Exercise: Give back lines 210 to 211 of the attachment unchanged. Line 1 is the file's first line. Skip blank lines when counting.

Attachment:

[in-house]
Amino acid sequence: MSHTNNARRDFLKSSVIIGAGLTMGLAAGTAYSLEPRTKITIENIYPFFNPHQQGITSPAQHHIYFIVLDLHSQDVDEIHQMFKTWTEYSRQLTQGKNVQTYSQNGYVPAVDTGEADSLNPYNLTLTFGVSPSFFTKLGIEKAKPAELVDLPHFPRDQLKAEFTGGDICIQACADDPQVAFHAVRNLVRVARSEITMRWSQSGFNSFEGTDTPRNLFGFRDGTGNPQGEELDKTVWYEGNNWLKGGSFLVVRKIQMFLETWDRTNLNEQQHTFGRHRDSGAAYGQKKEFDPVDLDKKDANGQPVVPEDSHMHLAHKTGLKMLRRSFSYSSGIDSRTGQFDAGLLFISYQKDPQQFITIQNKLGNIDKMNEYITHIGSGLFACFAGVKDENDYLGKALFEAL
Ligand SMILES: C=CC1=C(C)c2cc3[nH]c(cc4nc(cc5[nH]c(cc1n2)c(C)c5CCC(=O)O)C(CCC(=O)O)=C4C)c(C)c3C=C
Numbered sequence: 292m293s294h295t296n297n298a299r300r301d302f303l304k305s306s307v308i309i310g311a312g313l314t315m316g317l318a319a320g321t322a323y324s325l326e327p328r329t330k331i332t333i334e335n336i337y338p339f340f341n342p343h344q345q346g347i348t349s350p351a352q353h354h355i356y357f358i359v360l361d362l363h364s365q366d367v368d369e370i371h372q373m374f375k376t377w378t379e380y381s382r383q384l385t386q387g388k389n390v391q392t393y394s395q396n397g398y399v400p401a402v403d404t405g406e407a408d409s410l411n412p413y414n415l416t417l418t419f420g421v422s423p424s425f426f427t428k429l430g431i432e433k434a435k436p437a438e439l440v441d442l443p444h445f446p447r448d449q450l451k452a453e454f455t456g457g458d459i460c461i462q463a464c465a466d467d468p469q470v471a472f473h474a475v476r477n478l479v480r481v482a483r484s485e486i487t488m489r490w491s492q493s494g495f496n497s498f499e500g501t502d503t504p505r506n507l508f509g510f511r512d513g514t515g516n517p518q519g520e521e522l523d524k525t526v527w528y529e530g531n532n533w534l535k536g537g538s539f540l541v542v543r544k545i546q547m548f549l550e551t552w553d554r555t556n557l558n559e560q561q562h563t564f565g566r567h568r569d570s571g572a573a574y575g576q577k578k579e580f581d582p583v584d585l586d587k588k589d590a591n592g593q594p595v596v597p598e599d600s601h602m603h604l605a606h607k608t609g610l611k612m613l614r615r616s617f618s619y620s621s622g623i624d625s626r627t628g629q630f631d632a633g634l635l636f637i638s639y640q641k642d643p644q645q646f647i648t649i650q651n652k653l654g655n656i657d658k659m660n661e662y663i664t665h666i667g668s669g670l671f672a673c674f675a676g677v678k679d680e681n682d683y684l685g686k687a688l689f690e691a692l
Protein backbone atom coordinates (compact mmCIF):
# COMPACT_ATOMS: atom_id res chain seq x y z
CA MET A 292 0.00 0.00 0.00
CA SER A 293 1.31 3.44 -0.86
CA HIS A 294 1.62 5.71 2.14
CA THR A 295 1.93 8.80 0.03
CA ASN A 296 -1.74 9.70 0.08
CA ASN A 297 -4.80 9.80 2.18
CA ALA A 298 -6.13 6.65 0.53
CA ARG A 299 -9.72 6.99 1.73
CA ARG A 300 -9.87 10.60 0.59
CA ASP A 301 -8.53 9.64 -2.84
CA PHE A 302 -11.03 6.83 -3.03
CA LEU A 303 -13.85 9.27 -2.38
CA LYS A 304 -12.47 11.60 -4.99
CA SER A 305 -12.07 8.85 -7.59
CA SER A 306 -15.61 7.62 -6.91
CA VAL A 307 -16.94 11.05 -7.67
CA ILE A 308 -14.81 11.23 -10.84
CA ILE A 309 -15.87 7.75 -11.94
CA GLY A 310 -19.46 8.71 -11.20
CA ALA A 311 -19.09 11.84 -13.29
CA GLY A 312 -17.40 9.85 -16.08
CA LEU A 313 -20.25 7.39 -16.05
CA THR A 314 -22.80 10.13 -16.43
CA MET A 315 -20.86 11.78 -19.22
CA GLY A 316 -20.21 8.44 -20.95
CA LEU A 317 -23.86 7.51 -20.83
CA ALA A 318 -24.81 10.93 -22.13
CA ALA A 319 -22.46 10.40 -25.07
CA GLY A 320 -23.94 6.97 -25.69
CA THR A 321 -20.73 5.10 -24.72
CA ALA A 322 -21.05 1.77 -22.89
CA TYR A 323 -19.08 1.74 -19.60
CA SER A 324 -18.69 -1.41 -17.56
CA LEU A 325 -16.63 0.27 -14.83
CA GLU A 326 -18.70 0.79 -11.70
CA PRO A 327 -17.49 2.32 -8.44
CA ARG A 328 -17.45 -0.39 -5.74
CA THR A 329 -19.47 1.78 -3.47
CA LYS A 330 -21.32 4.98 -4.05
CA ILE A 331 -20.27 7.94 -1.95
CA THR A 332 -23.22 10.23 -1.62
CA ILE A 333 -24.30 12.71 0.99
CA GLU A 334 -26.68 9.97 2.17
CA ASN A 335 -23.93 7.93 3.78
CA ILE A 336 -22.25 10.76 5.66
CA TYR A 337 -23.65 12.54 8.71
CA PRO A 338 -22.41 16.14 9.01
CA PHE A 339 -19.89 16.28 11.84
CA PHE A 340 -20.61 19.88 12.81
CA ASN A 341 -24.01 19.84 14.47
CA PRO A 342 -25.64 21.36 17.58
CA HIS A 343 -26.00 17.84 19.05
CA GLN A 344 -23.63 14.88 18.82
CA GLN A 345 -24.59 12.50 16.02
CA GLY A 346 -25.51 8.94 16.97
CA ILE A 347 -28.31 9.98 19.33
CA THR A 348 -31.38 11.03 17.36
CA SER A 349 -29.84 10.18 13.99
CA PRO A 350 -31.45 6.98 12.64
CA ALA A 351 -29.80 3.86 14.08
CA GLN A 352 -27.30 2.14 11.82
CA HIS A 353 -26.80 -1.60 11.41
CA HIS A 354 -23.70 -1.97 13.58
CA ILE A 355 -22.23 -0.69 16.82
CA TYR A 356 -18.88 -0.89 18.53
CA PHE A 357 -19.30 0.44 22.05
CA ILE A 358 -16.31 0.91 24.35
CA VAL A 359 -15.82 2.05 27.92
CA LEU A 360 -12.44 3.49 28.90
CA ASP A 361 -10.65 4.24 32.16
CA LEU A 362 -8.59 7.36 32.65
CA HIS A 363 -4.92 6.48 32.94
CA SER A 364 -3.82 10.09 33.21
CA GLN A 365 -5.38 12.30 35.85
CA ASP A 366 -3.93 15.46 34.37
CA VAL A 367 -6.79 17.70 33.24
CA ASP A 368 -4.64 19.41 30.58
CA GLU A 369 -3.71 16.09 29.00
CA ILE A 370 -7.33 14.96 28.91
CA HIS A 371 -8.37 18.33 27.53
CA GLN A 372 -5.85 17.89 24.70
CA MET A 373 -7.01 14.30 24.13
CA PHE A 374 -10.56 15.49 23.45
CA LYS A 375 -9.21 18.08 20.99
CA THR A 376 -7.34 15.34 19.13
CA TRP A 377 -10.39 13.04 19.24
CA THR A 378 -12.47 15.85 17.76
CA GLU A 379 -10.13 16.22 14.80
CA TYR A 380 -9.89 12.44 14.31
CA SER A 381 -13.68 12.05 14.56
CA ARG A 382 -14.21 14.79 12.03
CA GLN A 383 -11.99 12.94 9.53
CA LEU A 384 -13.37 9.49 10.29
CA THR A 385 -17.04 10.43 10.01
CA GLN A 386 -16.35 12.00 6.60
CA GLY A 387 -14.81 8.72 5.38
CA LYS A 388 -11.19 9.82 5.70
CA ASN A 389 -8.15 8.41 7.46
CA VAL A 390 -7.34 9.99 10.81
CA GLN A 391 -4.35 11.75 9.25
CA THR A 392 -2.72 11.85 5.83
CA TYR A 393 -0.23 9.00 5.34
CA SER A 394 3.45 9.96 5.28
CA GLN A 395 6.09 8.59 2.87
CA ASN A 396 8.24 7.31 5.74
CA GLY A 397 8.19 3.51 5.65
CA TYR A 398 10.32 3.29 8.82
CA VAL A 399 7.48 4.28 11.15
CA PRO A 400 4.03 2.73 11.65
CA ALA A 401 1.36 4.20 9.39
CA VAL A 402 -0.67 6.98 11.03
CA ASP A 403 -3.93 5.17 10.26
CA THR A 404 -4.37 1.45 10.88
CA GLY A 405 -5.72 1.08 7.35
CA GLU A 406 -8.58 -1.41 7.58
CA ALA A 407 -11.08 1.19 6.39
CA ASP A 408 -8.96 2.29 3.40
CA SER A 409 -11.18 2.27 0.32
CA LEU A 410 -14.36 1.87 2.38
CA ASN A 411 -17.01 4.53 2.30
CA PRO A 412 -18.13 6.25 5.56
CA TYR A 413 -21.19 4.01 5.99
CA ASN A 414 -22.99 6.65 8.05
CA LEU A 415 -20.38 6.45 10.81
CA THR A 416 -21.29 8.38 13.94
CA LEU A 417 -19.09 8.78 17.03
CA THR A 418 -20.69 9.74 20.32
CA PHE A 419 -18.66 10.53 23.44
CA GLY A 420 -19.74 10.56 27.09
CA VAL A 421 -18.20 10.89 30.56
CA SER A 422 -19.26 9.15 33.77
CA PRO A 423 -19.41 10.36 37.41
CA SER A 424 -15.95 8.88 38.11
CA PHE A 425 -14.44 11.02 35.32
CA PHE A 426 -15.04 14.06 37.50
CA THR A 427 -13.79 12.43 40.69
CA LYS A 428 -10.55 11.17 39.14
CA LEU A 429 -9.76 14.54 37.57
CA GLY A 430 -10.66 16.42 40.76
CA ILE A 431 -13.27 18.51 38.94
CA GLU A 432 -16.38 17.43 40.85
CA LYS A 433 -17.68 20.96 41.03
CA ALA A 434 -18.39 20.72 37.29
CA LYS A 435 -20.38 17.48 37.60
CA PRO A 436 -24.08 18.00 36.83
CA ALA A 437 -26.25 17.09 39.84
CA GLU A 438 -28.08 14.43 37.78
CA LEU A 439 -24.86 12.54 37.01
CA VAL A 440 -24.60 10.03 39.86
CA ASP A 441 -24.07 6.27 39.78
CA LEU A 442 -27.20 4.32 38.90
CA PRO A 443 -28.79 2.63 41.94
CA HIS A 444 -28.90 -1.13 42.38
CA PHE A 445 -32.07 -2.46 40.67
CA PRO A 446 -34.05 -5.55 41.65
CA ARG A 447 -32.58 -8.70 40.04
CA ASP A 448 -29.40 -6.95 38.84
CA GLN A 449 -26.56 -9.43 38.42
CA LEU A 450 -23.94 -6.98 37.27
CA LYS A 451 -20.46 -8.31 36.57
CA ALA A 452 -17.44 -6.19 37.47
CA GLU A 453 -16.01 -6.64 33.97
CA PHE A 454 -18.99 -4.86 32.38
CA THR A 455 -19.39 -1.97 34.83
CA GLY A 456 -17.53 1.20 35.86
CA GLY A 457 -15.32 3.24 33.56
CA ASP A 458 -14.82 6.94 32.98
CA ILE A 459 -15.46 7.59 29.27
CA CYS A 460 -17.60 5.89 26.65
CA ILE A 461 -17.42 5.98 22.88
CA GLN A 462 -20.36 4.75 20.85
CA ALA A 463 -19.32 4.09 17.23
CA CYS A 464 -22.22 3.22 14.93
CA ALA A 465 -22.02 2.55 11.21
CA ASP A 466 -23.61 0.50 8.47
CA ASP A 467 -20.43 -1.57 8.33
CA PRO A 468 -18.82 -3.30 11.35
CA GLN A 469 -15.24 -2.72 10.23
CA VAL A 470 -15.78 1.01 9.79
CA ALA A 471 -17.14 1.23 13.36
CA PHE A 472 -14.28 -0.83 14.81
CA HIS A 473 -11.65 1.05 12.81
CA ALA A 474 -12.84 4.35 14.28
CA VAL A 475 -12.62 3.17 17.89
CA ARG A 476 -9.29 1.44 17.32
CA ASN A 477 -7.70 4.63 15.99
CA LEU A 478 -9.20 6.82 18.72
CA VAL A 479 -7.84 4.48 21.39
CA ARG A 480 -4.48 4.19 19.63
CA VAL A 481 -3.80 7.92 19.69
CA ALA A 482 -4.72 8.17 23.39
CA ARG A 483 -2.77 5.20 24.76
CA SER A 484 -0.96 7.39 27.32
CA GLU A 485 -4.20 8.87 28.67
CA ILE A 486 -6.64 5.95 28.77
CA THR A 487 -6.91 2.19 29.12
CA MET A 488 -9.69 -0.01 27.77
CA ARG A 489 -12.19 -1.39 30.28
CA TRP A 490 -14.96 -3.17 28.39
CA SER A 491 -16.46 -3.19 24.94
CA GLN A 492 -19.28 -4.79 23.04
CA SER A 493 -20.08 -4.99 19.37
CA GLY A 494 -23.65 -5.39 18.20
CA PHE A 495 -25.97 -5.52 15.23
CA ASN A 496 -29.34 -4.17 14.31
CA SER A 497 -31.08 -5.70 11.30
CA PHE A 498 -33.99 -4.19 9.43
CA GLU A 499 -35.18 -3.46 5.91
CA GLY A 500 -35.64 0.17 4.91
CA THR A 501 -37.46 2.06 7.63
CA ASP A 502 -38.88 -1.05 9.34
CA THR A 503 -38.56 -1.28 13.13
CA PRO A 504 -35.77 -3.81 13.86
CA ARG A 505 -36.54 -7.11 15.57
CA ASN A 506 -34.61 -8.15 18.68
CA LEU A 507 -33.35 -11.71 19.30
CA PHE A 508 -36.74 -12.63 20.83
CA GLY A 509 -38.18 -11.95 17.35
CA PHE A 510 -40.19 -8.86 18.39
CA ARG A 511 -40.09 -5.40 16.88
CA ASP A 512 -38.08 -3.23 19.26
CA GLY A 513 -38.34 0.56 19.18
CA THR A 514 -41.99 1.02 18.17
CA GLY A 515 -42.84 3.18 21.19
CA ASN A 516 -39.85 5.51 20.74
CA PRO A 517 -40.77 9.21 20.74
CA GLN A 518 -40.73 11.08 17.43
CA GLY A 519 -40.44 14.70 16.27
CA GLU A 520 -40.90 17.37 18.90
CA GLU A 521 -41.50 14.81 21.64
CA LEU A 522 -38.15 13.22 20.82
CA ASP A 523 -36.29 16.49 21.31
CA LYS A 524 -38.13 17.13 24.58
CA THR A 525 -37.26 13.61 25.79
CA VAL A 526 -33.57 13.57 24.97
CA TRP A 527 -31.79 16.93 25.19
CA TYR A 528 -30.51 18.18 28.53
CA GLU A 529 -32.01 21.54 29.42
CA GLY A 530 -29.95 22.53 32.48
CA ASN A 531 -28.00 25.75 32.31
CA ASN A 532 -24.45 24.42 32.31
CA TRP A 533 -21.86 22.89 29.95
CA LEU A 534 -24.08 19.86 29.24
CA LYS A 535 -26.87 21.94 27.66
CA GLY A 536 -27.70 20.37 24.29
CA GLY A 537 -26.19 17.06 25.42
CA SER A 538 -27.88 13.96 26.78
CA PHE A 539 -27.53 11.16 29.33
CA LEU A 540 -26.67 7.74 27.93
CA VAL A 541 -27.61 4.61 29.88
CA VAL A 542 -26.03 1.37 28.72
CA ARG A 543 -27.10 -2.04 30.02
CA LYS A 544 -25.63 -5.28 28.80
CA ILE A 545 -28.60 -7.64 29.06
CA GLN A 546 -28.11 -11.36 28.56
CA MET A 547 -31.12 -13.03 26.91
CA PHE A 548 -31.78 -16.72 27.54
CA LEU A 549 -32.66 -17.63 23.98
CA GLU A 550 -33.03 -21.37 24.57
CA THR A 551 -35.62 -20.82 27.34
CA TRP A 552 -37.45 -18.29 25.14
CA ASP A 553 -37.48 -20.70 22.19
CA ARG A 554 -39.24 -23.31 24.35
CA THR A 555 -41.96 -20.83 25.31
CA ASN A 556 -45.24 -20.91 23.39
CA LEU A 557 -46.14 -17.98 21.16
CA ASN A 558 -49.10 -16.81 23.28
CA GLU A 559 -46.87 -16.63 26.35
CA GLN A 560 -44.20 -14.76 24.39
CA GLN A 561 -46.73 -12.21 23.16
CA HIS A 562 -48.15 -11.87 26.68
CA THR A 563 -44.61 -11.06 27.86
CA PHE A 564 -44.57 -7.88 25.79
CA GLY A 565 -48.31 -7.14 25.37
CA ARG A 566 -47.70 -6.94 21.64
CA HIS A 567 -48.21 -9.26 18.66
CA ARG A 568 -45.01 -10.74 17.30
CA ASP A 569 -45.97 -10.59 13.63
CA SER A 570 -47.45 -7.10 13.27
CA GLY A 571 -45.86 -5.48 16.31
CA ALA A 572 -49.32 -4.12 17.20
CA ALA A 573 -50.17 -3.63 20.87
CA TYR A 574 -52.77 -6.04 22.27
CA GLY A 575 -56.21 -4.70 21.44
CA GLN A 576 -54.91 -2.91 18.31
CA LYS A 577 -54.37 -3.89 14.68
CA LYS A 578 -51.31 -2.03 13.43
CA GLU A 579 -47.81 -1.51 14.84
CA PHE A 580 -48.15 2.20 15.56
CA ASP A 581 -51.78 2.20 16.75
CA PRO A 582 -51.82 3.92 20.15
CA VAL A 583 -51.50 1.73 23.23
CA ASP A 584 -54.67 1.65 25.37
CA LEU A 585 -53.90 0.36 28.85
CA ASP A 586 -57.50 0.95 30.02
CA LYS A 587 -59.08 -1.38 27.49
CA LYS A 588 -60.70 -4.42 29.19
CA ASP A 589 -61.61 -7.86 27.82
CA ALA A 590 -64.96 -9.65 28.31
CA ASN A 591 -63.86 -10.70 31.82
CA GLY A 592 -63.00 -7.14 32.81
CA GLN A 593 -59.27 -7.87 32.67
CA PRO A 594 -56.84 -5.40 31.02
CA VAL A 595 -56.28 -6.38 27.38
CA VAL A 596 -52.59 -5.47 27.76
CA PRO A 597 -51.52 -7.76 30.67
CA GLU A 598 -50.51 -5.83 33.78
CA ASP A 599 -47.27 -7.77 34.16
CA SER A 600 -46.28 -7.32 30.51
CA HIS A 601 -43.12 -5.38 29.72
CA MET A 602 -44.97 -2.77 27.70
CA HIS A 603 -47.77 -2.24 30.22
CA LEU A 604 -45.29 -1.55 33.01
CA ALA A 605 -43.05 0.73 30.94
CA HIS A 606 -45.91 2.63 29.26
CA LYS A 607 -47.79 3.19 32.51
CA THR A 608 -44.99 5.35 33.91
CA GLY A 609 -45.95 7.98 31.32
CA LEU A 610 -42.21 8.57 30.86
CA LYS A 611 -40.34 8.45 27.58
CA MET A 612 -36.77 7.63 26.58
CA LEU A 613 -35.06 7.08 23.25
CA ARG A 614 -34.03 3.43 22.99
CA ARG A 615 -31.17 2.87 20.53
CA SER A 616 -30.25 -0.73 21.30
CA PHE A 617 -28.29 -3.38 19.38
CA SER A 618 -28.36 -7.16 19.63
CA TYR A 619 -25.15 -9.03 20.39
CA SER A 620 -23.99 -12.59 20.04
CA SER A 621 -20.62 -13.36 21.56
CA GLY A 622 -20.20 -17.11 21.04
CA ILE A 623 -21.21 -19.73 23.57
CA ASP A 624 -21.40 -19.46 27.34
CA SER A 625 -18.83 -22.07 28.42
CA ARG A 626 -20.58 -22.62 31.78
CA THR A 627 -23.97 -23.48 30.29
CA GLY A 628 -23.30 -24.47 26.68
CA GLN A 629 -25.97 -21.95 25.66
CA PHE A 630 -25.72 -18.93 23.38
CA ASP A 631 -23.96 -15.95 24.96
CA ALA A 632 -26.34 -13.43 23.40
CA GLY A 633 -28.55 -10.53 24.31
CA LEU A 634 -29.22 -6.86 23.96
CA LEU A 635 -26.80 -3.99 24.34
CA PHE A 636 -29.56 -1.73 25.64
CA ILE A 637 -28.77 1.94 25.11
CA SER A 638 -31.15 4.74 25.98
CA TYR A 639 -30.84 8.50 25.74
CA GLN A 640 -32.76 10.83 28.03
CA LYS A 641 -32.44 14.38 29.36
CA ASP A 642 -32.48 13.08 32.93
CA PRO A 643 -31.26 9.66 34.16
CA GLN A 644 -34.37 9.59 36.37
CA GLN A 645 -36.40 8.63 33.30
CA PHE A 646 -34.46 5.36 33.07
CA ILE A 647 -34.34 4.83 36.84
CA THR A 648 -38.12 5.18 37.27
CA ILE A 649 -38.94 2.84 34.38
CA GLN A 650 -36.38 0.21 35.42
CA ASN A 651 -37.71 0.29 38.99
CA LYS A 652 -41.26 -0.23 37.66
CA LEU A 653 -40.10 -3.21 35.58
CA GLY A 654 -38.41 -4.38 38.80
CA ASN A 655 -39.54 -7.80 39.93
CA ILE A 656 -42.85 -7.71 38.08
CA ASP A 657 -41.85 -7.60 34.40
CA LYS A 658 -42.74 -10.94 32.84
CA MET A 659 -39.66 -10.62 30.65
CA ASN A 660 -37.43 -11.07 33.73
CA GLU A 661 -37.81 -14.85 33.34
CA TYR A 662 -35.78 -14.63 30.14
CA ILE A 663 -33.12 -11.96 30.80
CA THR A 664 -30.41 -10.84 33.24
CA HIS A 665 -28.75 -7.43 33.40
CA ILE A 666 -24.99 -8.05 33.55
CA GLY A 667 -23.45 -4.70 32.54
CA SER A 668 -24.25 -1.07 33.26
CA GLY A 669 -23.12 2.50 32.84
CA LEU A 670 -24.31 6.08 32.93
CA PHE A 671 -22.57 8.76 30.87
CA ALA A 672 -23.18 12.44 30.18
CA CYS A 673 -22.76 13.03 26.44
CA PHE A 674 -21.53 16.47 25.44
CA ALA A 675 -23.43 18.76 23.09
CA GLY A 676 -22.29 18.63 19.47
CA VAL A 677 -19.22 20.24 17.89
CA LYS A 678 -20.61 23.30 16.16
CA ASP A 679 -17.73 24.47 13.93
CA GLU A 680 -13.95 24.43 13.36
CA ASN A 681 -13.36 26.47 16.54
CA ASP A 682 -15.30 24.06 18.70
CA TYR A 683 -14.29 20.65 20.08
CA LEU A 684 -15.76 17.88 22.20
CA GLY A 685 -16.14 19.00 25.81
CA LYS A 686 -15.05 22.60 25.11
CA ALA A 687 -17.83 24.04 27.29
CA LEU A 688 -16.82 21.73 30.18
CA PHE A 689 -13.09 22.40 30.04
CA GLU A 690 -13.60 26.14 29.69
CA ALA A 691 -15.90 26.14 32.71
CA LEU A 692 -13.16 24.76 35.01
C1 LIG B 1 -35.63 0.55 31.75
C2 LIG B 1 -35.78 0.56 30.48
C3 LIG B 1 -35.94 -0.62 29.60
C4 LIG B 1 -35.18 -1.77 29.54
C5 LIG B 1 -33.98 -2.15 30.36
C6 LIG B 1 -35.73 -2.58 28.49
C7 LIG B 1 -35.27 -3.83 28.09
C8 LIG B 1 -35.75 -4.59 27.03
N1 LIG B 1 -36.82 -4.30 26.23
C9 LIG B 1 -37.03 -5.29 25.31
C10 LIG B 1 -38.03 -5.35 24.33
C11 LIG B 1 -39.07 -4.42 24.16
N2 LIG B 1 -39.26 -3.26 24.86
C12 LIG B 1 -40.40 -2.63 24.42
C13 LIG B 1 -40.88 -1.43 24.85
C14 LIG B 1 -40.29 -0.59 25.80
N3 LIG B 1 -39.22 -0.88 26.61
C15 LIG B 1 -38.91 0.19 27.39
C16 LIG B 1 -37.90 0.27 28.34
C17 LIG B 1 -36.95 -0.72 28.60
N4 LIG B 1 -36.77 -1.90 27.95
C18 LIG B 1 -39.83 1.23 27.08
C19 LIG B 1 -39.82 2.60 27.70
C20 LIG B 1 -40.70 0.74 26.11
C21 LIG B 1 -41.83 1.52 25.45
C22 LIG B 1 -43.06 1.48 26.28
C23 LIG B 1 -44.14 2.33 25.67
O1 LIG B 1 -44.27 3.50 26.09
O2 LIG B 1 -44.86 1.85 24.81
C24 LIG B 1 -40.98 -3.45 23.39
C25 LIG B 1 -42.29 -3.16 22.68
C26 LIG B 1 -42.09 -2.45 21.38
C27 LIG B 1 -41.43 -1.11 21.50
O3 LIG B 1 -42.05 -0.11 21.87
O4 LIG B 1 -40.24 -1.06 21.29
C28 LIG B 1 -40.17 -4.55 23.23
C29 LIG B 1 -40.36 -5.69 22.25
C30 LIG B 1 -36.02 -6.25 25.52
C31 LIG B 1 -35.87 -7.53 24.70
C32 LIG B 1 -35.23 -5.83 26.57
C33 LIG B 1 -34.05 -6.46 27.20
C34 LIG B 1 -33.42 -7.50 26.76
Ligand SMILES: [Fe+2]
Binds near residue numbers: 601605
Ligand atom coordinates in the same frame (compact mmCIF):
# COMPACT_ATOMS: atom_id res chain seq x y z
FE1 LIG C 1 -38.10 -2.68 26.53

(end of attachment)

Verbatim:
CA PHE A 495 -25.97 -5.52 15.23
CA ASN A 496 -29.34 -4.17 14.31